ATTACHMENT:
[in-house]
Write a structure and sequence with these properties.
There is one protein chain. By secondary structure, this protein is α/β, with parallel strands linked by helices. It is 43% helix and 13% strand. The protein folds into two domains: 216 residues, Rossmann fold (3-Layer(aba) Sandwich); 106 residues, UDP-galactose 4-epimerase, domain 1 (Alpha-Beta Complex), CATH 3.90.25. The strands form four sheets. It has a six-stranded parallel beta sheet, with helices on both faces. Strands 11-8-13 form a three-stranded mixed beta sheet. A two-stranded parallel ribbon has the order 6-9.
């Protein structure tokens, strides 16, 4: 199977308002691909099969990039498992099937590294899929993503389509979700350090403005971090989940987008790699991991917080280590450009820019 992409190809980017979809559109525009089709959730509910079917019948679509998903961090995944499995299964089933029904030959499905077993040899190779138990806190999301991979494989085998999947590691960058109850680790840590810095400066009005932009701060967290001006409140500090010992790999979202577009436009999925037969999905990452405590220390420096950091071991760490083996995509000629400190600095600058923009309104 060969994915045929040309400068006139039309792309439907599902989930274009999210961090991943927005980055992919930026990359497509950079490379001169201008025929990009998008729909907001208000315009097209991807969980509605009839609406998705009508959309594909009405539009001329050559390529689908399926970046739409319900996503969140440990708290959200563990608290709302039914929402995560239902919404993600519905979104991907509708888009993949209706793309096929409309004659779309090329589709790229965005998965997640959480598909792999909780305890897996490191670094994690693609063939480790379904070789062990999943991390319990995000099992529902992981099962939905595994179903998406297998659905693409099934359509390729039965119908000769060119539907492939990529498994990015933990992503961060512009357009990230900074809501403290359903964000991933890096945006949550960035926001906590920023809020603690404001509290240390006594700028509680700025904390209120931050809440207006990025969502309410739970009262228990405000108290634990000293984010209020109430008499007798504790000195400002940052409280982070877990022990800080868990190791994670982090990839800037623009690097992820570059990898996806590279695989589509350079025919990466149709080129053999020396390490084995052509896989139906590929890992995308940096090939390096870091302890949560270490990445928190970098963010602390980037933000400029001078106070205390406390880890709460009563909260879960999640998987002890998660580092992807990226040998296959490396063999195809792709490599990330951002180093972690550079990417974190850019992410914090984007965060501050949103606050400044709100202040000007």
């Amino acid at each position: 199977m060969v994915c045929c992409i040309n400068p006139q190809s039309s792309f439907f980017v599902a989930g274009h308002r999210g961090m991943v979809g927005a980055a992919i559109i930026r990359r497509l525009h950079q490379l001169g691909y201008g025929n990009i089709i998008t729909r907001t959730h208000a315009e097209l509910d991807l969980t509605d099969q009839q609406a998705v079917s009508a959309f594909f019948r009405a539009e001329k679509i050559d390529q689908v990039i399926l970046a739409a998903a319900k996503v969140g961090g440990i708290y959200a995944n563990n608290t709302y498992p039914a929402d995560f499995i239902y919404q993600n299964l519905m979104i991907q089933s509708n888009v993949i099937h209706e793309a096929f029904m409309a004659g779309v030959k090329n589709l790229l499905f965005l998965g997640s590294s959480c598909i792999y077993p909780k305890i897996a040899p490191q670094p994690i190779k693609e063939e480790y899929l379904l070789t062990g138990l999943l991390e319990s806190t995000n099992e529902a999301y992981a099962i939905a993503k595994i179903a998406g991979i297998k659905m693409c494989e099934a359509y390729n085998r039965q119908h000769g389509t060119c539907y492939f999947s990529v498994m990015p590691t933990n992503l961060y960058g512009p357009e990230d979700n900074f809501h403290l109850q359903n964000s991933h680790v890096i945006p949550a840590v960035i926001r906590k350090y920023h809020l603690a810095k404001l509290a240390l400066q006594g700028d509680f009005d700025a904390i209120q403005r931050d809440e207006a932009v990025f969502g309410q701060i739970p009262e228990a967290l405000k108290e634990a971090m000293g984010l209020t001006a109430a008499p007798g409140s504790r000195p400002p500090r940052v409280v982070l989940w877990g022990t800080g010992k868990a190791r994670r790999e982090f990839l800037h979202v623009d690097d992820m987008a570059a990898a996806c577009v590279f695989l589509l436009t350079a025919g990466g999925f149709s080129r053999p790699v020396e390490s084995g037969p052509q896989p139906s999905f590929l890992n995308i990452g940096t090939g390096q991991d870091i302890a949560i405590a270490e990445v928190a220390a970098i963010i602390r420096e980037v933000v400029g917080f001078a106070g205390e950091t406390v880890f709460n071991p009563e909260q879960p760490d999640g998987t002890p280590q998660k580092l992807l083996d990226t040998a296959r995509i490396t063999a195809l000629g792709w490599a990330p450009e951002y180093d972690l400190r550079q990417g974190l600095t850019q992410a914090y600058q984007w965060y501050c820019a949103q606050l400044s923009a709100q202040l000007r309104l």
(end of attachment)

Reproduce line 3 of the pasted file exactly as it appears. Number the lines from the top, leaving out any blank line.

There is one protein chain. By secondary structure, this protein is α/β, with parallel strands linked by helices. It is 43% helix and 13% strand. The protein folds into two domains: 216 residues, Rossmann fold (3-Layer(aba) Sandwich); 106 residues, UDP-galactose 4-epimerase, domain 1 (Alpha-Beta Complex), CATH 3.90.25. The strands form four sheets. It has a six-stranded parallel beta sheet, with helices on both faces. Strands 11-8-13 form a three-stranded mixed beta sheet. A two-stranded parallel ribbon has the order 6-9.